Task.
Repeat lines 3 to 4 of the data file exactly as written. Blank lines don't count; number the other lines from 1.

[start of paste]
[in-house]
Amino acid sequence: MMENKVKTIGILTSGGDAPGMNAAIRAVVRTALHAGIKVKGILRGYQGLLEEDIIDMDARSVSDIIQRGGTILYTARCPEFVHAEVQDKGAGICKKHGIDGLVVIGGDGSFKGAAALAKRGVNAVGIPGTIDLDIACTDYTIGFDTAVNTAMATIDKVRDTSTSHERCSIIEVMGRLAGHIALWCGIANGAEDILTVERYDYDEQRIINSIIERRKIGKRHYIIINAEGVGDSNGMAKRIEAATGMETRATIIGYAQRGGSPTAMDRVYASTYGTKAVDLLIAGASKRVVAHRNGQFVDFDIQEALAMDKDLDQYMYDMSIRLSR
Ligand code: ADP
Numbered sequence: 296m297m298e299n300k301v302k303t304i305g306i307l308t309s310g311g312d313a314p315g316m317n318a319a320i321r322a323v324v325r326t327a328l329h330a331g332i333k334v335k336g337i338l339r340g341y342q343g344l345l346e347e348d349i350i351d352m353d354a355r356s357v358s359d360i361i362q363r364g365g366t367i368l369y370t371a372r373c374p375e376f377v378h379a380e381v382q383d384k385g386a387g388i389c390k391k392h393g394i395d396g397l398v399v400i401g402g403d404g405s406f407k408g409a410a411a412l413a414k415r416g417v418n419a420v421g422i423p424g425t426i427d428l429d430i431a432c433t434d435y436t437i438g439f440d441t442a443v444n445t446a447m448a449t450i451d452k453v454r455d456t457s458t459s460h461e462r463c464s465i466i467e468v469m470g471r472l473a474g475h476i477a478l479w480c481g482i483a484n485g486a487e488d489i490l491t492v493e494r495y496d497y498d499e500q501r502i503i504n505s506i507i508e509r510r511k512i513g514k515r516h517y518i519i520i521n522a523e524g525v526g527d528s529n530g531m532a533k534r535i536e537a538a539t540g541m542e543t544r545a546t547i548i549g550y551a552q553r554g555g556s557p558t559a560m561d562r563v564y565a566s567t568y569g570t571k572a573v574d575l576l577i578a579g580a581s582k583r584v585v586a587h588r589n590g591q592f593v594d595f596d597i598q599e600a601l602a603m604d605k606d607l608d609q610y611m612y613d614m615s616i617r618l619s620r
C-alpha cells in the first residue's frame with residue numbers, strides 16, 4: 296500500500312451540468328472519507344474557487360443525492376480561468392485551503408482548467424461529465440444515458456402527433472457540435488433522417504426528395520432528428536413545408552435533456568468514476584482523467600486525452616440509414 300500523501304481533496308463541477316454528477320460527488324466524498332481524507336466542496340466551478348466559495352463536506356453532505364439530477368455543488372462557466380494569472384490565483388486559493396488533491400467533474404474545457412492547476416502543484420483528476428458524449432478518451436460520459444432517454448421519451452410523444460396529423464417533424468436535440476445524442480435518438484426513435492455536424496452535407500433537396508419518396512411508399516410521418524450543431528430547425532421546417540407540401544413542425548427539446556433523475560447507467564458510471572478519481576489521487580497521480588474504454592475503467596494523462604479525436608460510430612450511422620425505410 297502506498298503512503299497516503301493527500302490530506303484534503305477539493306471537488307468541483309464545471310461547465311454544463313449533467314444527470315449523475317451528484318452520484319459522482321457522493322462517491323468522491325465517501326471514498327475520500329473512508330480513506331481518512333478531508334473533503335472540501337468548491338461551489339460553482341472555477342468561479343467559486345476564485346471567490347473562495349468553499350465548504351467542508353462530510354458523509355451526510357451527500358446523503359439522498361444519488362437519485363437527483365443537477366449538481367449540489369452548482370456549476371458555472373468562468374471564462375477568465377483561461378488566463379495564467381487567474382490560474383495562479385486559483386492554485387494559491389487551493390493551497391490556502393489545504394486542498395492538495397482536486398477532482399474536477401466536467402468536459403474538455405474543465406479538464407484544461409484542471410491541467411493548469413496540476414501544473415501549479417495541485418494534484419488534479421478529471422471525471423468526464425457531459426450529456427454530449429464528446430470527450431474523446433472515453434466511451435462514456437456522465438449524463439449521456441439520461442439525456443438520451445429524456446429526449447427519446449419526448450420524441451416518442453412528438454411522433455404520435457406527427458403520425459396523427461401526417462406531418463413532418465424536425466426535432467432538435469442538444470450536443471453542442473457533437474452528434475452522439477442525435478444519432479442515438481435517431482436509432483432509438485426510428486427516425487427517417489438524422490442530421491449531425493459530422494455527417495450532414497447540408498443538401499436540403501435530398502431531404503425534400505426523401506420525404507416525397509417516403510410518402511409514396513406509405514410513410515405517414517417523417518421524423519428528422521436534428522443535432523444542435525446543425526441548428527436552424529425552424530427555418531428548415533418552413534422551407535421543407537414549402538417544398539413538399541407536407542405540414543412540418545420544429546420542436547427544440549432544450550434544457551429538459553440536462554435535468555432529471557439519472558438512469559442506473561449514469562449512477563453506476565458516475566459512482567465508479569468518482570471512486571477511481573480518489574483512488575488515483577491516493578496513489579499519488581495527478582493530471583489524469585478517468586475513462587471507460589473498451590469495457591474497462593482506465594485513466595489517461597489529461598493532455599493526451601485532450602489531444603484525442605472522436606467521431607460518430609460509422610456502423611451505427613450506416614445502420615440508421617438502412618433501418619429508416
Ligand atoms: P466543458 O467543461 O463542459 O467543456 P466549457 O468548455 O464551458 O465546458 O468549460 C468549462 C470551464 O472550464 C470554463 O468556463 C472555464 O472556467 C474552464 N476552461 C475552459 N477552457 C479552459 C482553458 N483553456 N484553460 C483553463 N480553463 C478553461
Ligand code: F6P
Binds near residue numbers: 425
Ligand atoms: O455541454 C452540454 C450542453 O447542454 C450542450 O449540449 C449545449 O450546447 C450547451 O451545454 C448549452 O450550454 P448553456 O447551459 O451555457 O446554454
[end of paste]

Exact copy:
Ligand code: ADP
Numbered sequence: 296m297m298e299n300k301v302k303t304i305g306i307l308t309s310g311g312d313a314p315g316m317n318a319a320i321r322a323v324v325r326t327a328l329h330a331g332i333k334v335k336g337i338l339r340g341y342q343g344l345l346e347e348d349i350i351d352m353d354a355r356s357v358s359d360i361i362q363r364g365g366t367i368l369y370t371a372r373c374p375e376f377v378h379a380e381v382q383d384k385g386a387g388i389c390k391k392h393g394i395d396g397l398v399v400i401g402g403d404g405s406f407k408g409a410a411a412l413a414k415r416g417v418n419a420v421g422i423p424g425t426i427d428l429d430i431a432c433t434d435y436t437i438g439f440d441t442a443v444n445t446a447m448a449t450i451d452k453v454r455d456t457s458t459s460h461e462r463c464s465i466i467e468v469m470g471r472l473a474g475h476i477a478l479w480c481g482i483a484n485g486a487e488d489i490l491t492v493e494r495y496d497y498d499e500q501r502i503i504n505s506i507i508e509r510r511k512i513g514k515r516h517y518i519i520i521n522a523e524g525v526g527d528s529n530g531m532a533k534r535i536e537a538a539t540g541m542e543t544r545a546t547i548i549g550y551a552q553r554g555g556s557p558t559a560m561d562r563v564y565a566s567t568y569g570t571k572a573v574d575l576l577i578a579g580a581s582k583r584v585v586a587h588r589n590g591q592f593v594d595f596d597i598q599e600a601l602a603m604d605k606d607l608d609q610y611m612y613d614m615s616i617r618l619s620r